This double historical dimension of the novel is possible thanks to the diligent research carried out by Mary Shelley, who understood the politics of her times and those depicted in the book. Valperga is indeed heavily based on historical sources, including Machiavelli’s romance of the real Castruccio and Sismonde de Sismondi’s Histoire des Républiques Italiennes de l’Âge Moyen (1807). It is also inspired by literary works of that era, such as Dante’s Divina Commedia (1472), and others inspired by it, such as Percy Shelley’s The Cenci (1819)- both of these works strongly influencing the development of the character of Beatrice. It is no coincidence that Percy Shelley’s play came into being right in the middle of the conception of the novel, which Mary Shelley started to envision during the winter of 1817 [5]. Converting a novel supposedly conceived to narrate the adventures of Castruccio into focusing on the story of two relevant female characters, Euthanasia and Beatrice, has been attributed to Godwin. He played a significant role not only as an influence for the novel, as has been widely studied, but also as its editor. As he confesses in the letter above, he had ‘taken great liberties’ in editing it, to the point he feared his daughter’s ‘amour propre [to] be proportionally shocked. For instance, we know he changed the title to the name of Euthanasia’s fortress, Valperga, echoing in its subtitle, as Tilottama Rajan has pointed out, his very own 1794 Things as they are, or The Adventures of Caleb Williams [6].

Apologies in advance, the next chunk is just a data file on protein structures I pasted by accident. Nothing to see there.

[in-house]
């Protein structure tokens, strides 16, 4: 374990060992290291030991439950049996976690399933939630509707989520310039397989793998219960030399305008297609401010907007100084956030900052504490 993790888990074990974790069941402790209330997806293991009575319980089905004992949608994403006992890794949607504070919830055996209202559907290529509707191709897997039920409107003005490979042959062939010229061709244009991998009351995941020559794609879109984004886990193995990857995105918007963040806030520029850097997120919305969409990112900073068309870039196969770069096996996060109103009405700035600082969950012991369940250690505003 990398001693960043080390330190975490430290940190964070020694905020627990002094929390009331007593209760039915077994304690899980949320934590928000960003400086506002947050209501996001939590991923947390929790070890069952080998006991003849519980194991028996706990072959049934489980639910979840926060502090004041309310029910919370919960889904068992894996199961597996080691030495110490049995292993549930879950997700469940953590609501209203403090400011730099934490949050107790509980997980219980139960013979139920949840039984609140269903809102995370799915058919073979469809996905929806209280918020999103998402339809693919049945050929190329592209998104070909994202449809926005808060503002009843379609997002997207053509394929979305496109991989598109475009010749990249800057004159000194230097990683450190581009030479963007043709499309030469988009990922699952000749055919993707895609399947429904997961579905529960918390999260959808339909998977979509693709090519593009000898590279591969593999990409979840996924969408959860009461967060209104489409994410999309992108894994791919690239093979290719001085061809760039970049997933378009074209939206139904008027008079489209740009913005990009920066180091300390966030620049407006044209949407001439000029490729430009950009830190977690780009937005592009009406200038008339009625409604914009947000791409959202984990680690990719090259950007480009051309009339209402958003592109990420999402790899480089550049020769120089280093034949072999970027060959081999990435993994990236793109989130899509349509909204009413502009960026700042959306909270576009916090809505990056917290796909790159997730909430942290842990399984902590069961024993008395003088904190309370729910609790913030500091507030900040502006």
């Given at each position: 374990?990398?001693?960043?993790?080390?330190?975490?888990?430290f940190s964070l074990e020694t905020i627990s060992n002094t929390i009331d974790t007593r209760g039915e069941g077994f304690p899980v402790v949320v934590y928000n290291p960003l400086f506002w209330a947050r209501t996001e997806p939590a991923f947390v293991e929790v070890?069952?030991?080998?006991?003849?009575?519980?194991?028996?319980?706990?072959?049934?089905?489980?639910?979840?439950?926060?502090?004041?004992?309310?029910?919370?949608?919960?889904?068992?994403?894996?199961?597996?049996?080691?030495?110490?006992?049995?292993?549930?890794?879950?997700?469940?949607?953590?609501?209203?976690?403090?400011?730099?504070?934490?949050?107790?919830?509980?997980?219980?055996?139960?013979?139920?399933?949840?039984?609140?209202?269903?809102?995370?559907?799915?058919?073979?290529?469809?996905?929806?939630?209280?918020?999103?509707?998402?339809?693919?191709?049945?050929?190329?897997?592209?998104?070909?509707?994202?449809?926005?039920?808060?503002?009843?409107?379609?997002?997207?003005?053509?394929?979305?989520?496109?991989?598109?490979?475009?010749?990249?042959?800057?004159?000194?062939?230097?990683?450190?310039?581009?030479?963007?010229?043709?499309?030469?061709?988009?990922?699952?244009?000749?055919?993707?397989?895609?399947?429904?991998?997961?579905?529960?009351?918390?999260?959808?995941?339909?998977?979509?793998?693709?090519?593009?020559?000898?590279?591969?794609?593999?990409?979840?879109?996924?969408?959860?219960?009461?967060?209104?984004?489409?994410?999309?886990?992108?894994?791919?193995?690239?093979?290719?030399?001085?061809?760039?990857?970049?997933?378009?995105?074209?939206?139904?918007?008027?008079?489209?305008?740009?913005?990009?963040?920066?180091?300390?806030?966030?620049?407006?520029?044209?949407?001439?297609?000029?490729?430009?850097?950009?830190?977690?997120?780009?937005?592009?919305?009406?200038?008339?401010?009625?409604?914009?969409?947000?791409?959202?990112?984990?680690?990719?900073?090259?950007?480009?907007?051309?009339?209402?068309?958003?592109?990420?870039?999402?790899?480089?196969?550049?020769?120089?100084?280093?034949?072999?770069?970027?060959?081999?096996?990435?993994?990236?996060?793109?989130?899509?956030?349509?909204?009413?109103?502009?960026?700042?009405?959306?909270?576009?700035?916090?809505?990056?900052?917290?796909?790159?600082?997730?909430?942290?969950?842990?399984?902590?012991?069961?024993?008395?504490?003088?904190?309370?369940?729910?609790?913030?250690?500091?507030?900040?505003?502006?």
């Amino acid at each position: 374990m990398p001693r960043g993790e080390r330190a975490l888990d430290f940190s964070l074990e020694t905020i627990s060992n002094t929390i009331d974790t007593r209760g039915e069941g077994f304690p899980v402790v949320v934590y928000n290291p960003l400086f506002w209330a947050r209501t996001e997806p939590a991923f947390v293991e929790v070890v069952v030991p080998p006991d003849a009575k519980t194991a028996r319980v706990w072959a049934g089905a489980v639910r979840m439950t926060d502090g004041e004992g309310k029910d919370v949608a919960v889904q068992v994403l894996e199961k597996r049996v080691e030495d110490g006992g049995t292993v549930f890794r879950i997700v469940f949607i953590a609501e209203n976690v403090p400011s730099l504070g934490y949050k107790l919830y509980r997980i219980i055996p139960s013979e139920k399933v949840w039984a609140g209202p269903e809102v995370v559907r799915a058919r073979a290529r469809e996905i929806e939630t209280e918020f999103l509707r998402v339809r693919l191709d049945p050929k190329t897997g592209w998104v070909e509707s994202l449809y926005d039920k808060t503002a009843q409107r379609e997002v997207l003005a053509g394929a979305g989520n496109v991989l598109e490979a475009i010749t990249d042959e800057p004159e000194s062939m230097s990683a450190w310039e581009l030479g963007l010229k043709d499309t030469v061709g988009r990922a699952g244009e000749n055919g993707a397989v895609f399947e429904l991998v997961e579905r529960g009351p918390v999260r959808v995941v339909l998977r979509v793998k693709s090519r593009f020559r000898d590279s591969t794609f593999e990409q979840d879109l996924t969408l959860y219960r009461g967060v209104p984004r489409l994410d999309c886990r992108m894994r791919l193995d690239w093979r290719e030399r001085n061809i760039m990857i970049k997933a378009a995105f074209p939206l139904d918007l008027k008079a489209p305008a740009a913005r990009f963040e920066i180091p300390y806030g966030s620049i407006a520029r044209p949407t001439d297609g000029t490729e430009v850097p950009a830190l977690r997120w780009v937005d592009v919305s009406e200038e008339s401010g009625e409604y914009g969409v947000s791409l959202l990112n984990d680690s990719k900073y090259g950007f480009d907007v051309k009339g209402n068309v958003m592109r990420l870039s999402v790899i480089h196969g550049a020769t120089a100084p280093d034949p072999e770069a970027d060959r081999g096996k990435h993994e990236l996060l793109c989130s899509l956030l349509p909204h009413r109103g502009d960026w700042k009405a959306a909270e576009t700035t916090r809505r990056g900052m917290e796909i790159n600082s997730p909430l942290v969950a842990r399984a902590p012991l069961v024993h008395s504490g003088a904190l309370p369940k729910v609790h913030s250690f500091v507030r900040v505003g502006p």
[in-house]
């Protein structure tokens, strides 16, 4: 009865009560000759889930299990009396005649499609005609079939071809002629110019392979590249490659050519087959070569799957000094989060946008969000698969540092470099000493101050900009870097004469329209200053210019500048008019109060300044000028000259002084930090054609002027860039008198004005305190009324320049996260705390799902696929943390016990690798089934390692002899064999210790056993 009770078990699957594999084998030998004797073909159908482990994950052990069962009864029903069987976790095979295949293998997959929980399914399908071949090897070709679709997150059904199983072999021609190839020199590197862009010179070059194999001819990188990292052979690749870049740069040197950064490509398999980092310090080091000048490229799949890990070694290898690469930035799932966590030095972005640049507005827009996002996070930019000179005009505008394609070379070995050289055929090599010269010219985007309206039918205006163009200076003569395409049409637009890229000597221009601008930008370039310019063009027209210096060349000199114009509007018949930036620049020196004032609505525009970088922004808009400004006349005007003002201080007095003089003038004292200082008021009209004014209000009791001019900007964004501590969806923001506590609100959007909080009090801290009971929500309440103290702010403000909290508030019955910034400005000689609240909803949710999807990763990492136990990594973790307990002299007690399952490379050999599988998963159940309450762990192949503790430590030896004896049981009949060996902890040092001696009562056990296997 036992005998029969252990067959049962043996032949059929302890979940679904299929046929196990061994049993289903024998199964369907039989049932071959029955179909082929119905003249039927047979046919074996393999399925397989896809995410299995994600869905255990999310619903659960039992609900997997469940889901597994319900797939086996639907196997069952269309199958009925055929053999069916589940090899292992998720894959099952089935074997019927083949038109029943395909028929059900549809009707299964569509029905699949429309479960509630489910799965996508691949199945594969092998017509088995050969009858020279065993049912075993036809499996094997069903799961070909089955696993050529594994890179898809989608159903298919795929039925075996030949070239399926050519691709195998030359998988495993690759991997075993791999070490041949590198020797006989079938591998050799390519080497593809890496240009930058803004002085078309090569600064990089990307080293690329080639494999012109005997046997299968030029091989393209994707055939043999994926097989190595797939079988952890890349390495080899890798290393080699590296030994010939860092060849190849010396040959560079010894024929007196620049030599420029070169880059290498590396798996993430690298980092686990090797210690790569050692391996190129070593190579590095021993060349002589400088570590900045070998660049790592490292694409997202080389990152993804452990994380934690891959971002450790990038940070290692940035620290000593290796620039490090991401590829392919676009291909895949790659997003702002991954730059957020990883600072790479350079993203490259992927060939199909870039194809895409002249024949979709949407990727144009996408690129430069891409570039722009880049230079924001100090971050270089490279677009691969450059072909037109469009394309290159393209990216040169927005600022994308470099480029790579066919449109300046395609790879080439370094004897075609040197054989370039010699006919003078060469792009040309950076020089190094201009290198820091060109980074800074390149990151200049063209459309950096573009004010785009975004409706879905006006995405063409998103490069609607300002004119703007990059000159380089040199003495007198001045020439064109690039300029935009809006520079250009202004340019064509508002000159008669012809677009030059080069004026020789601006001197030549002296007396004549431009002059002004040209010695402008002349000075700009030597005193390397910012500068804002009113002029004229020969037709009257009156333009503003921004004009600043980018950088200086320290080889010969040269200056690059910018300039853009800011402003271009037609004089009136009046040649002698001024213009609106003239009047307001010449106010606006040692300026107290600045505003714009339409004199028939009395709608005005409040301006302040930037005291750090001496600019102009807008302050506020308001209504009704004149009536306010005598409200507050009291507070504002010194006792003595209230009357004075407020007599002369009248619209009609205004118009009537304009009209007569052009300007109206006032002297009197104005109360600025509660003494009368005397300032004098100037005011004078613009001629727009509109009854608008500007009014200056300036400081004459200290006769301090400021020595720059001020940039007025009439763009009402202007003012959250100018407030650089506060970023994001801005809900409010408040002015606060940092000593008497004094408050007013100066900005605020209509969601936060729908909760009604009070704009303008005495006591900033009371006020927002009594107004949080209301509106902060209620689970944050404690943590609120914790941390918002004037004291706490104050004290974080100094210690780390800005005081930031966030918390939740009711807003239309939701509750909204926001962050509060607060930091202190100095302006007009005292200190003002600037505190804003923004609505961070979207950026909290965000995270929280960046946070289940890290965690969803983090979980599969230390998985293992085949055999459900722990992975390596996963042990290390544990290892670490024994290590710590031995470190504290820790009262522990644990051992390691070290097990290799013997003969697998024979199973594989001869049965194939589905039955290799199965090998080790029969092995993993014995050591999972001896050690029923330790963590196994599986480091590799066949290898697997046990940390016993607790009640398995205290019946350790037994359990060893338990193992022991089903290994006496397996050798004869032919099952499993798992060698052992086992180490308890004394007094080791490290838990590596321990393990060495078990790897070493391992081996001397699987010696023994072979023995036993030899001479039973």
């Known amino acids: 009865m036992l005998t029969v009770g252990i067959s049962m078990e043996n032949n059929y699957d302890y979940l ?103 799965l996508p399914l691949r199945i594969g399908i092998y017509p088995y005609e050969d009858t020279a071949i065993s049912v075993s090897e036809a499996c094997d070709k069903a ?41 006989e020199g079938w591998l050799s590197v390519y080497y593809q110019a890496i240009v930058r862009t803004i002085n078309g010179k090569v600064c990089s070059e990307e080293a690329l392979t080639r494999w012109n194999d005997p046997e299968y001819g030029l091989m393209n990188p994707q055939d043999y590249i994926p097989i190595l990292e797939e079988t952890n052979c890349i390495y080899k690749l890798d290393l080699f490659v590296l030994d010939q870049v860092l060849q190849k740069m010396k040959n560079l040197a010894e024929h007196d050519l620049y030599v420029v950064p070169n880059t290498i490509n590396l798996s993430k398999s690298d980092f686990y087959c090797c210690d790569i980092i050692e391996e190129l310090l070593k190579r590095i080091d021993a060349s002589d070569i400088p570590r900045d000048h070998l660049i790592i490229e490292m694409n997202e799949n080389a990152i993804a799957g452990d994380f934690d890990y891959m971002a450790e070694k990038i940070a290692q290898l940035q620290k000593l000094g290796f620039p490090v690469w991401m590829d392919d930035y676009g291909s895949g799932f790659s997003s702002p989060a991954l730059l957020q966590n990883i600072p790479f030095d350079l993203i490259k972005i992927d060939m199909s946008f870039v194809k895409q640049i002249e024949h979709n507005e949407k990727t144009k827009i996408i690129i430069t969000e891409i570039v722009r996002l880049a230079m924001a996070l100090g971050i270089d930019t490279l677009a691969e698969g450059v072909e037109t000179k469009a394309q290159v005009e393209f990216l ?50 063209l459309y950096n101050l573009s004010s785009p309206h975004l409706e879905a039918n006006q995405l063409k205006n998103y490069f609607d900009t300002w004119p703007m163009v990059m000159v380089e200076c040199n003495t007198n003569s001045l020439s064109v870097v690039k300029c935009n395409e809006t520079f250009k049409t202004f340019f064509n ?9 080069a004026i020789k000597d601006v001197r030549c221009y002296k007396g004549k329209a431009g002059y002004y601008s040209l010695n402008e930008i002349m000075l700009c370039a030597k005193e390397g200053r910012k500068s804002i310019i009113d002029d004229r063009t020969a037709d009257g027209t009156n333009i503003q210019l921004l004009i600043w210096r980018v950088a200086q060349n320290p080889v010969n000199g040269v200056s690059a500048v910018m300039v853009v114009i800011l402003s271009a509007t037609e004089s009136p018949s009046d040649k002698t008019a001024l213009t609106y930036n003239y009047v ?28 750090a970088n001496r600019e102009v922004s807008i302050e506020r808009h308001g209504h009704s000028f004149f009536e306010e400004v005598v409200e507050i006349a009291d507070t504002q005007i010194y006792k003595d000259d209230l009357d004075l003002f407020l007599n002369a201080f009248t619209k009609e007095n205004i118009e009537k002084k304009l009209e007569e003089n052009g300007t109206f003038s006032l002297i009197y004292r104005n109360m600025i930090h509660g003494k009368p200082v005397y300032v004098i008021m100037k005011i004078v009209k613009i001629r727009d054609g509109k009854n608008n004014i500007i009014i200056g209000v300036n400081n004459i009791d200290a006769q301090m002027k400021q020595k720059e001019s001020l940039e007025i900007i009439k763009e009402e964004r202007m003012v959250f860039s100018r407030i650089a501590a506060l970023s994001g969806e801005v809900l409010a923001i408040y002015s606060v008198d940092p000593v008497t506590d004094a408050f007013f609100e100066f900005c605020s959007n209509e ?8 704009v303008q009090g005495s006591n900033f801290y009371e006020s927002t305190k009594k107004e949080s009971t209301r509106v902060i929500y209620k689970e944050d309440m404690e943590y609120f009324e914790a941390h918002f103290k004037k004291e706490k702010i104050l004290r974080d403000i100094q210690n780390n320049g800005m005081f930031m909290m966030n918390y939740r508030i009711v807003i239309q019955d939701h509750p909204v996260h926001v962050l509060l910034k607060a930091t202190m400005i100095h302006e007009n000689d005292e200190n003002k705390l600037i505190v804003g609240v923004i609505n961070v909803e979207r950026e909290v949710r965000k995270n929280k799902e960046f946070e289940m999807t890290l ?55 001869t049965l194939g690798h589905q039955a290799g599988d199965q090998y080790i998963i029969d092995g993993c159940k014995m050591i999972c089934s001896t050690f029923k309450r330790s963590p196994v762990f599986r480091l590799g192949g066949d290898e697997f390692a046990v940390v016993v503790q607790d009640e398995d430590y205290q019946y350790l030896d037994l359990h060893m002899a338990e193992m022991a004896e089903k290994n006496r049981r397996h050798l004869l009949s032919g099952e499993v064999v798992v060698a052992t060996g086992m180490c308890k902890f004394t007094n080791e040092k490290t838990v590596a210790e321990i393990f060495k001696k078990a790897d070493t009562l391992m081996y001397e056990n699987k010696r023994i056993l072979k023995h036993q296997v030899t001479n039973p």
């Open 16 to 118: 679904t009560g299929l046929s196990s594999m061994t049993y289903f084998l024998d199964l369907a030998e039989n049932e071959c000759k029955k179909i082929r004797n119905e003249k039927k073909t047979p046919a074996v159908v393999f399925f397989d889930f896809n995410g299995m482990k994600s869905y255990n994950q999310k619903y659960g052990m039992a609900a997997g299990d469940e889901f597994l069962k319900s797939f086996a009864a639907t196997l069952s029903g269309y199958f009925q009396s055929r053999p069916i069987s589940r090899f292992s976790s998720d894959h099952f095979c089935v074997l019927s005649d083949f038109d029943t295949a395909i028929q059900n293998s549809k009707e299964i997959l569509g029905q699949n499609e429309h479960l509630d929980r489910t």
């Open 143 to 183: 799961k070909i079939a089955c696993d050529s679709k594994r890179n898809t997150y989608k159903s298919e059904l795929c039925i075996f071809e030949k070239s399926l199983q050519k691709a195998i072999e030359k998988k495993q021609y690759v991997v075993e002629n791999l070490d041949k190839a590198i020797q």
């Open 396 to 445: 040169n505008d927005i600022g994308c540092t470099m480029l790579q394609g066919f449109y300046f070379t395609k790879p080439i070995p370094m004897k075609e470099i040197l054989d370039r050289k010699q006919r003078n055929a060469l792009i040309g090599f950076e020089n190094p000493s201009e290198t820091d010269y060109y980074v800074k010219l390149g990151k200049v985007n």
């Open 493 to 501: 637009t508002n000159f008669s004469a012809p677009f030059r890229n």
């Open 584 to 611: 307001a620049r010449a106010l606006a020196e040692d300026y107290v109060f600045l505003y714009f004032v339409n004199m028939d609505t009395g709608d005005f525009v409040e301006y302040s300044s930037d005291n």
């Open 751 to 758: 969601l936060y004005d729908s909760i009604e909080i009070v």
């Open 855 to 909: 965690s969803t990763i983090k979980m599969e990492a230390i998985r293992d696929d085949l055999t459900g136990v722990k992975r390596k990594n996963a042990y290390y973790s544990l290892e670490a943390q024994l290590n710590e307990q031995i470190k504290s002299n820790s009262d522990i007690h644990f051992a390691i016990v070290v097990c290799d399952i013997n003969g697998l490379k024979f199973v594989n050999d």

Among other reasons, the fact that the sources in Valperga were so easily recognizable, along with the disappointment Mary Shelley’s readers experienced when they found out how different this novel was from Frankenstein (1818), provoked a general disinterest in Valperga for decades. One of her most neglected novels, it also fell into the category of the works she composed after Percy Shelley’s death when in need of money and was therefore not seen as possessing any artistic value––Nora Crook reminds us –– until F. L. Jones reconsidered this in 1944 [7]. This lack of attention also caused the indifference of the book industry and a subsequent problem of accessibility. In fact, it was not reprinted from the Romantic period until the 1970s and then only made wholly accessible during the 1990s with a hard-back library edition by Crook for Pickering and Chatto; and the paperbacks of Broadview Press, by Rajan, and Oxford University Press, by Stuart Curran, then by Michael Rossington in the year 2000 [8]. These are still today key sources for all those who want to start researching Valperga or indulge themselves in a novel that is increasingly gaining relevance. Due to the growing number of studies devoted to the book by disciplines as varied as Queer Theory, Political Theory and Radical Ecology, Valperga is being more and more celebrated each day. Only this year, and after having hosted a series of online seminars since the summer of 2021, the Gothic Women Project, supported by the British Association for Romantic Studies and headed by scholars such as Daniel Cook, Laura Kirkley, Anna Mercer, Deborah Russell, and Lauren Nixon, will commemorate its bicentenary with a conference that will be held this August of 2023 in Dundee [9]. Valperga surely still has much to teach us: from fourteenth-century politics and literature to how we live our lives today. For that, we have ‘the Author of Frankenstein’ to thank, for, after all, as Godwin proudly wrote to her in his letter: